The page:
The court held that under Section 15(a), before the project could begin, DOT must determine that all possible planning had been done to minimize harm to the affected historic district. Because the final design for the bridge had not been completed, it was premature for DOT to assert that it had complied with Section 15(a). The expectation that future planning would result in minimal harm to the historic area was not sufficient. Moreover, DOT erred by failing to consult with other planning agencies to coordinate efforts to minimize harm to the historic district. 459 F.2d at 1239.
The court also found that DOT's determinations were invalid because they had been made as a result of undue political pressure from members of Congress who had clearly threatened the agency with fiscal reprisals if it did not approve the bridge project. Id. at 1245. In enacting the Federal-Aid Highway Act, Congress did not intend for the agency to consider such threats in reaching decisions on bridge projects. Id. at 1247.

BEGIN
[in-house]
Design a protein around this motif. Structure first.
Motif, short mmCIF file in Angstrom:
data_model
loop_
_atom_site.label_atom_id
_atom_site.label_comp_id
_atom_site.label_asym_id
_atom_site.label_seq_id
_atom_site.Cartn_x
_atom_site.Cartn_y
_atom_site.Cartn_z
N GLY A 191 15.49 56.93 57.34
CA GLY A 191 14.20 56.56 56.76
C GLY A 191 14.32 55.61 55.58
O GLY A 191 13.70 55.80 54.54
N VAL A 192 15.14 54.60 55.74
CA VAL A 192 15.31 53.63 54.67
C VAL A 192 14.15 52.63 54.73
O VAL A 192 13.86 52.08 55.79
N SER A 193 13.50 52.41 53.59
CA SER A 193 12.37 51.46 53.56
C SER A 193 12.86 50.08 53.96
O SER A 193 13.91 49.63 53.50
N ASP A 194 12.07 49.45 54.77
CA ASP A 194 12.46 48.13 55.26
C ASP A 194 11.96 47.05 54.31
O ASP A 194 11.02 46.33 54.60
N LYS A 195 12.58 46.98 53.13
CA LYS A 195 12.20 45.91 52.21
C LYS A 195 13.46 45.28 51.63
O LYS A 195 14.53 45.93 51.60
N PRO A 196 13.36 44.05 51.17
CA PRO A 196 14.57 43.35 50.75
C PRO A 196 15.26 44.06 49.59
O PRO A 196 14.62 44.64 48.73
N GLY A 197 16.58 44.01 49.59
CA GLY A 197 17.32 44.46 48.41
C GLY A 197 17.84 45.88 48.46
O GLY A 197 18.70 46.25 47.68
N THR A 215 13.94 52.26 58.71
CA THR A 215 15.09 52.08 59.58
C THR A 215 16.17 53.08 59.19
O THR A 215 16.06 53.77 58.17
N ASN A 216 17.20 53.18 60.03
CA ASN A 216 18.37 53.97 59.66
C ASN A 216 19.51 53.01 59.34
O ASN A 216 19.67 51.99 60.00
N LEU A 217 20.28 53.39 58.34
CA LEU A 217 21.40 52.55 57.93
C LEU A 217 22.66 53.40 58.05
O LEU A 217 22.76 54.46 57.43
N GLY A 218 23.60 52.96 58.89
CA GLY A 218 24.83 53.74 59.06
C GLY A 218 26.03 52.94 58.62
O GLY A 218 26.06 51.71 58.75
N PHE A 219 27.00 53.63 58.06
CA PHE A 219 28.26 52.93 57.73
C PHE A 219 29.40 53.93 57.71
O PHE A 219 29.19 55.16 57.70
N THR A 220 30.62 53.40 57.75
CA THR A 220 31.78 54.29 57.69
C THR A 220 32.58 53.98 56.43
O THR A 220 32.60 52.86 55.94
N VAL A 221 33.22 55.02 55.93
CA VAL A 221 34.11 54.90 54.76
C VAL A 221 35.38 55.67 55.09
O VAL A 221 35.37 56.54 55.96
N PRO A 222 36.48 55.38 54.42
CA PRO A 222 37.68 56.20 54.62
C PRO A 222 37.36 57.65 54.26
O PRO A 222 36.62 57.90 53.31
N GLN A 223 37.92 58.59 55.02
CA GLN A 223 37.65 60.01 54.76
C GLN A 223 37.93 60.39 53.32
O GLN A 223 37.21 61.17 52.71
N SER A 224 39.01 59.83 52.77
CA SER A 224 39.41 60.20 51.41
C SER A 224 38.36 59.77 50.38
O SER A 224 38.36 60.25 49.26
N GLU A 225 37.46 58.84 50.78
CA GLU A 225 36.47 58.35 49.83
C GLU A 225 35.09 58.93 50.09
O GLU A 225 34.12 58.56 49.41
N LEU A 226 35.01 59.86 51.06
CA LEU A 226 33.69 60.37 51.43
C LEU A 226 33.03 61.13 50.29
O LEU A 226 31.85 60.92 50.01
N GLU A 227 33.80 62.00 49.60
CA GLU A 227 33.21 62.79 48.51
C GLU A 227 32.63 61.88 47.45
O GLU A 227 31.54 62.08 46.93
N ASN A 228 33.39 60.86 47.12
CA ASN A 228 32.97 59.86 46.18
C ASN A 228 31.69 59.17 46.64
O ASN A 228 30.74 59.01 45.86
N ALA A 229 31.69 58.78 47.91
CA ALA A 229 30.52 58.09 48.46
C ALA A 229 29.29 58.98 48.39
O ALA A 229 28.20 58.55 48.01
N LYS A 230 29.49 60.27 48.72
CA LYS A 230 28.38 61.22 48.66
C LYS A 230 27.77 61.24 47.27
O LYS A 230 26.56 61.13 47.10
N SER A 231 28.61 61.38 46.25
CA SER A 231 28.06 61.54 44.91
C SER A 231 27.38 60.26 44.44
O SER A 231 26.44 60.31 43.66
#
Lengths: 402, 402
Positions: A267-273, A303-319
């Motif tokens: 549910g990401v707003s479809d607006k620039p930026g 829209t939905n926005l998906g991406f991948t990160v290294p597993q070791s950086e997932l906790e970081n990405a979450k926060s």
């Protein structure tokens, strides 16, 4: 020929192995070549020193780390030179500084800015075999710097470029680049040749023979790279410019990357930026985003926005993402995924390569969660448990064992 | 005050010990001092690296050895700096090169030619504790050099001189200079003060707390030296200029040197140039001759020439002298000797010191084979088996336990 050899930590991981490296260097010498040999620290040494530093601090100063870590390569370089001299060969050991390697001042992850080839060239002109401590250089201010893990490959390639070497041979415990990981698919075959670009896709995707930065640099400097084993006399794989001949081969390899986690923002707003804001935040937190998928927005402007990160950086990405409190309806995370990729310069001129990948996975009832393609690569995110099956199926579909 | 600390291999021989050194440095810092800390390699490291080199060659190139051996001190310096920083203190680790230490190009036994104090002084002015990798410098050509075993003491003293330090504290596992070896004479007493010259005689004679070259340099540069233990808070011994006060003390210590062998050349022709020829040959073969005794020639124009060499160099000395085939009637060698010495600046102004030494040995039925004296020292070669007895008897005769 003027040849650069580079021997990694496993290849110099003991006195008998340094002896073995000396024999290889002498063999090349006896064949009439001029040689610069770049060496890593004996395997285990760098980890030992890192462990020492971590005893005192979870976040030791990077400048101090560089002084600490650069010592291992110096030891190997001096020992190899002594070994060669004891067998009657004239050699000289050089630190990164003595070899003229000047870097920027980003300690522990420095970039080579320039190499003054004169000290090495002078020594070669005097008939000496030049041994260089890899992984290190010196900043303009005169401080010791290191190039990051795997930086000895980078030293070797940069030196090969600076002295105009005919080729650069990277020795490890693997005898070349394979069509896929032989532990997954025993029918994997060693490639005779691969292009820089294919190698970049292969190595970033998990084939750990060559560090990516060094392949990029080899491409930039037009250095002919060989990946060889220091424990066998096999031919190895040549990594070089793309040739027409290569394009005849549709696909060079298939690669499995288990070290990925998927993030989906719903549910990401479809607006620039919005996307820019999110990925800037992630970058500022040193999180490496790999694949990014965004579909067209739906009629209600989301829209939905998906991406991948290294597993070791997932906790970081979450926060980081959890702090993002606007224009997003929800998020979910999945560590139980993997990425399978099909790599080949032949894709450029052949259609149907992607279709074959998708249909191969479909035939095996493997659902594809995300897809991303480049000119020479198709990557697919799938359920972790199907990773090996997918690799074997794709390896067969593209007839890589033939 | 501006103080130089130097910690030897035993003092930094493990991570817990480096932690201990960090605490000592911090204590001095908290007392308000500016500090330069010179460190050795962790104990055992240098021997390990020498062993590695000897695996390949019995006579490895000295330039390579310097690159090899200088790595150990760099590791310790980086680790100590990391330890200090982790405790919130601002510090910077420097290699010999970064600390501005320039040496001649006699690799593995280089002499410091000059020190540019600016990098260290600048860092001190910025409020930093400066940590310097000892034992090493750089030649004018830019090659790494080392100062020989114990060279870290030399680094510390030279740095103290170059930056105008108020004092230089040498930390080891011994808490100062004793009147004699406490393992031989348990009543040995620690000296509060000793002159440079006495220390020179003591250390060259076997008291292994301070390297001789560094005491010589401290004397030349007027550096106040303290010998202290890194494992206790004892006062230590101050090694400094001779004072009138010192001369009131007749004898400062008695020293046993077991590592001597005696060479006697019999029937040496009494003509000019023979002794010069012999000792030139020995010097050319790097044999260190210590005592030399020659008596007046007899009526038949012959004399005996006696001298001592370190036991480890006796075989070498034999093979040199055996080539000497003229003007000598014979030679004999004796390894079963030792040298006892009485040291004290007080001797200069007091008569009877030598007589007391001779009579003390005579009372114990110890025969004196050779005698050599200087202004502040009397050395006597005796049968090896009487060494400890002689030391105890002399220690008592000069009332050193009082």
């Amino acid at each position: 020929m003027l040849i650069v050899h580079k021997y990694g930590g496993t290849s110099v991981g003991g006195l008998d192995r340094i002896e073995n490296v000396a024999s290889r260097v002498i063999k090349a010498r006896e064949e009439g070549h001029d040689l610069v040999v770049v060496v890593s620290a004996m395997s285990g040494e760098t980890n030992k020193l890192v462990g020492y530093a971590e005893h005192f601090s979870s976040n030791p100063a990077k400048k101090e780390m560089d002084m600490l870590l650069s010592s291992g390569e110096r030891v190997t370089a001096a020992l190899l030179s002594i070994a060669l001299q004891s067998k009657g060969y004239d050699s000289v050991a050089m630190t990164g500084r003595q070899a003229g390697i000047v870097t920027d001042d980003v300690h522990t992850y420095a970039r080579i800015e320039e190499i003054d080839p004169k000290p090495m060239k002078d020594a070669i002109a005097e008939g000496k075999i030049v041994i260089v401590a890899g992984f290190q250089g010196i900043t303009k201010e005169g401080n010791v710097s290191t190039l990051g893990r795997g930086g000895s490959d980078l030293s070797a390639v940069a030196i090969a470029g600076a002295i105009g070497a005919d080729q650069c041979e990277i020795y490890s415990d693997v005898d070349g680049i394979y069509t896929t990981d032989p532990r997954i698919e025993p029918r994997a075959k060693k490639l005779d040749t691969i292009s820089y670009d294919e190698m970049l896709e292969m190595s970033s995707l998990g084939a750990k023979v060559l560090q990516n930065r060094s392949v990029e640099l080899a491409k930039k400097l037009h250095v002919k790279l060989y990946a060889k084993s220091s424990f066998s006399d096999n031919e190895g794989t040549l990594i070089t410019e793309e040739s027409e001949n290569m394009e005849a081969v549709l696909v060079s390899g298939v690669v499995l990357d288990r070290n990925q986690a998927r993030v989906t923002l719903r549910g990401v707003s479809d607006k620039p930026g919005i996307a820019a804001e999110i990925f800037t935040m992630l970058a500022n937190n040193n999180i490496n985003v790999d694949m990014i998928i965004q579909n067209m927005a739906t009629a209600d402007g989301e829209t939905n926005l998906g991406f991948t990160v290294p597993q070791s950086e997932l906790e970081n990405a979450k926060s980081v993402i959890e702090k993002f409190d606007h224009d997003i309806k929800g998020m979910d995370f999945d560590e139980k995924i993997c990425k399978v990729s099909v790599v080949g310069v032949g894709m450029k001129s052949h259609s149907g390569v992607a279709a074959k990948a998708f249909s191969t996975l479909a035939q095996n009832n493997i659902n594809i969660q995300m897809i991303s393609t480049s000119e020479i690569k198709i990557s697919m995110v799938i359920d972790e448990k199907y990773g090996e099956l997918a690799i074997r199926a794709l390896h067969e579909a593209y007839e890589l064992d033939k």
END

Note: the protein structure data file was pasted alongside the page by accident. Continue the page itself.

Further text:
The court remanded the case to the district court, directing it to enjoin construction until DOT could comply with Section 15(a). Id. at 1249. The court also asked the litigants to submit supplemental briefs on the applicability of the National Historic Preservation Act (NHPA) and other statutes. After these had been received, the court issued a supplemental opinion, concluding that DOT must comply with Section 106 of NHPA and afford the Advisory Council on Historic Preservation an opportunity to comment before final approval of the project. 459 F.2d at 1265.
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